Iraq is assessing the rehabilitation needs of the ancient city of Hatra, near Mosul in the country’s north, after retaking it from the Islamic State (IS) on April 26. The jihadist group had occupied the site since 2014 and in March 2015 bulldozed some of the ruins, which date back to the second century and include ancient architecture and other priceless antiquities.
At one point, members of the group appeared in a video using sledgehammers to destroy antiquities, sparking fears that a priceless piece of human heritage, included on UNESCO's World Heritage List in 1985, would be lost forever.
But the head of Nineveh province’s archaeology department, Faleh Al-Shammari, said initial surveys by Iraqi archaeologists in early May show less damage than expected, affecting about 30% of the city. “Many landmarks were damaged only slightly, especially large and heavy ones,” he said.
Shammari said IS fighters looted every small artifact that could be moved, including gold and silver coins and Assyrian statues. However, he said, “The remains that were stolen are small compared to the great number of artifacts that were taken to Baghdad in 2000, before the fall of Saddam Hussein’s regime, and were never returned because of the deteriorating security situation. That minimized the losses that happened during the Daesh occupation of the site,” he added, using the Arabic acronym for IS.
“The huge walls, temples and bridges between pillars were not damaged. The ancient halls escaped being blown up, which Daesh has done to major archaeological sites in other areas such as the mosque of Nabi Yunes,” he said.
“Chaos still reigns in the area and the ruins are in disarray,” Shammari explained. “There is rubble in the eastern part of the city, and the destruction can clearly be seen in the square at the main entrance to the city.”
Mohammad Rasmi Harith, a photographer working for the Popular Mobilization Units during the battle to liberate the historic city, told Al-Monitor that IS had not blown up the ancient structures. “It wanted to use them as a base and weapon storehouse, turn its temples into a prison for its captives and clandestine explosives workshops, based on what we saw at the site after it was liberated,” he said. “Security forces finished clearing the city of weapons and leftover munitions, and now they are surrounding it to totally secure it. It will be handed over to the authorities in the next few days.”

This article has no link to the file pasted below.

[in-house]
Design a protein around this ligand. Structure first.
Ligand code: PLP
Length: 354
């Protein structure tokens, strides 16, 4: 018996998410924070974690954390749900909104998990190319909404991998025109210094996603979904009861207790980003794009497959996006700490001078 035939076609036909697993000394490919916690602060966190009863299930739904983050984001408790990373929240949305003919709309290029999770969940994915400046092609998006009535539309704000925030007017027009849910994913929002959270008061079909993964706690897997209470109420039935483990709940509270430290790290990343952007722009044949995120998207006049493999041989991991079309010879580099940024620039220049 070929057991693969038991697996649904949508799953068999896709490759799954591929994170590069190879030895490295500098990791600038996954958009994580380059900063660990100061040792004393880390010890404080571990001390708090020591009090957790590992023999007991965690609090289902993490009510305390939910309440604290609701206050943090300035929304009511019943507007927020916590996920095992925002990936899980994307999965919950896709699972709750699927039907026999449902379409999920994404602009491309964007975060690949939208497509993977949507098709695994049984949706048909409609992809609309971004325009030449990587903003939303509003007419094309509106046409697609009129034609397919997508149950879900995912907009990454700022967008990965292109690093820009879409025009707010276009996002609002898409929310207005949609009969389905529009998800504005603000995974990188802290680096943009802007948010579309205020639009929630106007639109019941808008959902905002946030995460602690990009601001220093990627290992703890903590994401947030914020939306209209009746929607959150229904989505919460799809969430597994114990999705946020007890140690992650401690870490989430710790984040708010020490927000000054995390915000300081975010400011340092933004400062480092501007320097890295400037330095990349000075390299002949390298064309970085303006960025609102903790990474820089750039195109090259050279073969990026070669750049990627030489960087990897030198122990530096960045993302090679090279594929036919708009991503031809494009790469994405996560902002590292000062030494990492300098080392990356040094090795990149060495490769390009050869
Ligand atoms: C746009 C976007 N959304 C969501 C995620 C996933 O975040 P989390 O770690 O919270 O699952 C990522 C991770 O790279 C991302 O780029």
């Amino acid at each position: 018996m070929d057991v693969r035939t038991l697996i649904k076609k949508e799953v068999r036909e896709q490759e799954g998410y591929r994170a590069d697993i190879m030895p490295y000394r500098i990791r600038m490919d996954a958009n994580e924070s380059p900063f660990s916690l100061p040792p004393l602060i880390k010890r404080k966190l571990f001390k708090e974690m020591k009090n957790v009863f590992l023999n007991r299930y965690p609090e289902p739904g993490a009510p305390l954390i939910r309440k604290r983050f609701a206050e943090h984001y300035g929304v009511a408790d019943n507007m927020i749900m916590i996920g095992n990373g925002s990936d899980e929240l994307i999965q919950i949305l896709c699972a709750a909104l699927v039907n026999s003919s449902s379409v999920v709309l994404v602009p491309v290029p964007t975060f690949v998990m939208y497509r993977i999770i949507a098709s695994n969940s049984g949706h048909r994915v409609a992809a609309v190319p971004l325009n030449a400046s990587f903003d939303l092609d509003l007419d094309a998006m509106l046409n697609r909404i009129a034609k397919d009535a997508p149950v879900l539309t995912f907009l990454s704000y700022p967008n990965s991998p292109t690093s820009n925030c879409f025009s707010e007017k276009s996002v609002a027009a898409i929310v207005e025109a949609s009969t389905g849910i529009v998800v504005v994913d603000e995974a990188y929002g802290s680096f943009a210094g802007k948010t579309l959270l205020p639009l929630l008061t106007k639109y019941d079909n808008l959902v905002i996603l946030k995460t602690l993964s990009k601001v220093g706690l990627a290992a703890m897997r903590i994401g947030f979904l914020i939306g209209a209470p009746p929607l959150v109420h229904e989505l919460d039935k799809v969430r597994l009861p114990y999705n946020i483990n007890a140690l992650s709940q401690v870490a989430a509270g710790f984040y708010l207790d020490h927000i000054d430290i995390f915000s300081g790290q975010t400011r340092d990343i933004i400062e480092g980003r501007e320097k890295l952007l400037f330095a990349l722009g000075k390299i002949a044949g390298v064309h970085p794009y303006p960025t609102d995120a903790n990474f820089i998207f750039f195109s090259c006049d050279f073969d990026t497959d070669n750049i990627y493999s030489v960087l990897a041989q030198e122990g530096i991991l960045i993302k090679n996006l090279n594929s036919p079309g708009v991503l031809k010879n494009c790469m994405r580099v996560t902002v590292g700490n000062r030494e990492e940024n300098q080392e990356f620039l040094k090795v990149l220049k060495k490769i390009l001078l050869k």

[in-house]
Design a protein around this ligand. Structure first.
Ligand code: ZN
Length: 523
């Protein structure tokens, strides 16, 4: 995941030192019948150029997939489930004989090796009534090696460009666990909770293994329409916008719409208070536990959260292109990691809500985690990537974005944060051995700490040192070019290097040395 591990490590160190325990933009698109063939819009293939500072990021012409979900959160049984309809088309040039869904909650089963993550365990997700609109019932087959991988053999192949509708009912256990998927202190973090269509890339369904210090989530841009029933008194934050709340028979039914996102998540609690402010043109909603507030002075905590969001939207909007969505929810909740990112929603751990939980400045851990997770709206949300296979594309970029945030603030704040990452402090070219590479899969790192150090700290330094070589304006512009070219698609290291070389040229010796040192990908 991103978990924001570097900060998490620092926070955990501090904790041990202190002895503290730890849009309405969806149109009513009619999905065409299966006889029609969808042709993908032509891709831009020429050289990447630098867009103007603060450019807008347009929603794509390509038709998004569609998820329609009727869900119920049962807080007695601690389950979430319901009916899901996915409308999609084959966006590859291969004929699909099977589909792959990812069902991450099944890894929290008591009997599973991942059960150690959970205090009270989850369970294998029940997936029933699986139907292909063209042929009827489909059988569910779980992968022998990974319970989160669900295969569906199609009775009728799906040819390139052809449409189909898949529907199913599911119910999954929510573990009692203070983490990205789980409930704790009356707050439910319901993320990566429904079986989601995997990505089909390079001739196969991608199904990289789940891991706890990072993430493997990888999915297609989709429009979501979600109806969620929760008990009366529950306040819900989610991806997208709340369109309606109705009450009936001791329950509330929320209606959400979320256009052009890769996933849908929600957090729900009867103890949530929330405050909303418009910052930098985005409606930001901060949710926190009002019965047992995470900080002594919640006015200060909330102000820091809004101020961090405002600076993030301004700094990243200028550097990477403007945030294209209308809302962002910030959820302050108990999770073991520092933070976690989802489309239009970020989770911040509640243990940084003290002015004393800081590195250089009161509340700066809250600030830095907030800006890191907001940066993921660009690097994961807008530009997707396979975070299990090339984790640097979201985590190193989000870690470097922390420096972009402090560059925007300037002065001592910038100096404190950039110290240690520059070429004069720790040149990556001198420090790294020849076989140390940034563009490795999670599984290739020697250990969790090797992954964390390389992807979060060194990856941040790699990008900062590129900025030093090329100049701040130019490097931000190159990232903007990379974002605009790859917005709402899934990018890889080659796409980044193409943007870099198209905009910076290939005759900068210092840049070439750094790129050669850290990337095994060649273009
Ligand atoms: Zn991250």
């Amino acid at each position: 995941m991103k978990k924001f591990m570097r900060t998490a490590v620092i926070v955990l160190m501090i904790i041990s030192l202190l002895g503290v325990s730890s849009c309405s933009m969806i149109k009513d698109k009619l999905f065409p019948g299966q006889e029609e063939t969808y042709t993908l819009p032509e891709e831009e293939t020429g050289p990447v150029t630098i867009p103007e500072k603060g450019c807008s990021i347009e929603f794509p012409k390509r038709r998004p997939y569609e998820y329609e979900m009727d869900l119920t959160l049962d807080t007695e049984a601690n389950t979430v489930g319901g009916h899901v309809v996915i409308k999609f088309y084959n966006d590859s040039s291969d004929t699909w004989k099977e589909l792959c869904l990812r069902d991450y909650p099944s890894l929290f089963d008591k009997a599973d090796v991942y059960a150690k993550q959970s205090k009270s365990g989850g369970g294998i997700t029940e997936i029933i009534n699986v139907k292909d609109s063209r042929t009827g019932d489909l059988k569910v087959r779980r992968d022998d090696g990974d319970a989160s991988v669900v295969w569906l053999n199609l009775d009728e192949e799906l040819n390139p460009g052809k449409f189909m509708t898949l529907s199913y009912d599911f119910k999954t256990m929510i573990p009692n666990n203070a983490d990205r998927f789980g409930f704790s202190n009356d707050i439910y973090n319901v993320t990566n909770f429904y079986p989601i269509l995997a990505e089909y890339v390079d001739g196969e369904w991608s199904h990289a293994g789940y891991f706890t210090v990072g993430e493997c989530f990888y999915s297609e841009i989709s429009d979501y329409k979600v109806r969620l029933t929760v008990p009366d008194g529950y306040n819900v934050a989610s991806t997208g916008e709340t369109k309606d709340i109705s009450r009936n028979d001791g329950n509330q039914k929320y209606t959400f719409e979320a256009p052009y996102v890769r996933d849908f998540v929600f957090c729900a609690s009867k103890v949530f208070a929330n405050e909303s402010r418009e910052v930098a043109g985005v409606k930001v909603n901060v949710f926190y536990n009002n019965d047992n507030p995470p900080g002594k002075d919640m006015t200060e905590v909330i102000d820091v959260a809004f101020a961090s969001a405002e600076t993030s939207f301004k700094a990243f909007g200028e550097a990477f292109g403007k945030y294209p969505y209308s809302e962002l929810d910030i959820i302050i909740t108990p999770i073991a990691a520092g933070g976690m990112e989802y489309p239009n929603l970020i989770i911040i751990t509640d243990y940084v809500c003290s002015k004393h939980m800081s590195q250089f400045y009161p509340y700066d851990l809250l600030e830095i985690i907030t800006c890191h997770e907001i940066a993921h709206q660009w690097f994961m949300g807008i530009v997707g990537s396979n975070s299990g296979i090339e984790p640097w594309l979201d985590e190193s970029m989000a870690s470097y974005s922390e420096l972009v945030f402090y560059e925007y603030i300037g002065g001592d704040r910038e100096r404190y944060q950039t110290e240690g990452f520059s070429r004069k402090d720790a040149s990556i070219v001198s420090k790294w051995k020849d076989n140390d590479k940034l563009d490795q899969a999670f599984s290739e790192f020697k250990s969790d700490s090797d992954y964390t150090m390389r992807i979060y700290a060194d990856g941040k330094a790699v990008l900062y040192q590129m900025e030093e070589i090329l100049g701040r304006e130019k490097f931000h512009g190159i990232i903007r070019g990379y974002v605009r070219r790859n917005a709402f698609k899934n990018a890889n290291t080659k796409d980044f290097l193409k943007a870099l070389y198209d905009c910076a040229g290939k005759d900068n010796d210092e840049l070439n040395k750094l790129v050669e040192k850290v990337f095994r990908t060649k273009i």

Khoshawi Khalil, a member of the parliamentary Tourism and Antiquities Committee, told Al-Monitor the committee had instructed security forces guarding the site to allow archaeologists and technicians to conduct a detailed survey, inventory the damage and prepare an emergency plan to restore the city, which he said “was already neglected before Daesh occupied it and had been extensively damaged by looters.”
Khalil explained, “The first step toward reviving the site will be to retrieve the artifacts that were stolen from it by using Iraq’s diplomatic resources and communicating with foreign states and international organizations, especially UNESCO. Most of Hatra’s antiquities were recorded and documented by international museums, which will make it easier to find them and prevent them from being sold.”
The rapporteur of the Tourism and Antiquities Committee, Iyad Al-Shammari, told Al-Monitor that since 2014, the committee has been working with the antiquities authorities to compile and update a list for Interpol of all the artifacts and ancient texts that were stolen and smuggled out of the country. Artifacts from Hatra came at the top of the list.
“Iraq has reached agreements with countries such as Italy that will train specialized security forces and police units to protect archaeological artifacts. They will soon be ready to protect Hatra once security forces leave the area,” he said. “They will also cover other archaeological sites in the future.”
Shammari also said Hatra had suffered years of neglect before the rise of IS. An abandoned site in the middle of the desert, it has long been vulnerable to looters. He blamed the chaos following the fall of Hussein in 2003. “The administrative chaos after that date and the financial crisis that has rocked Iraq for years have blocked attempts to rebuild Hatra,” he said.
“Iraq will not have the capacity to rehabilitate Hatra,” he added. “Iraq has asked the Arab League's Educational, Cultural and Scientific Organisation, UNESCO, and cultural and academic institutions in the United States and Europe that specialize in protecting and restoring archaeological sites to use their expertise to train Iraqis in techniques to protect ancient sites.”
Preserving the treasures of Hatra will require extensive investment and development with an eye toward tourism, which would generate the sustainable income it needs.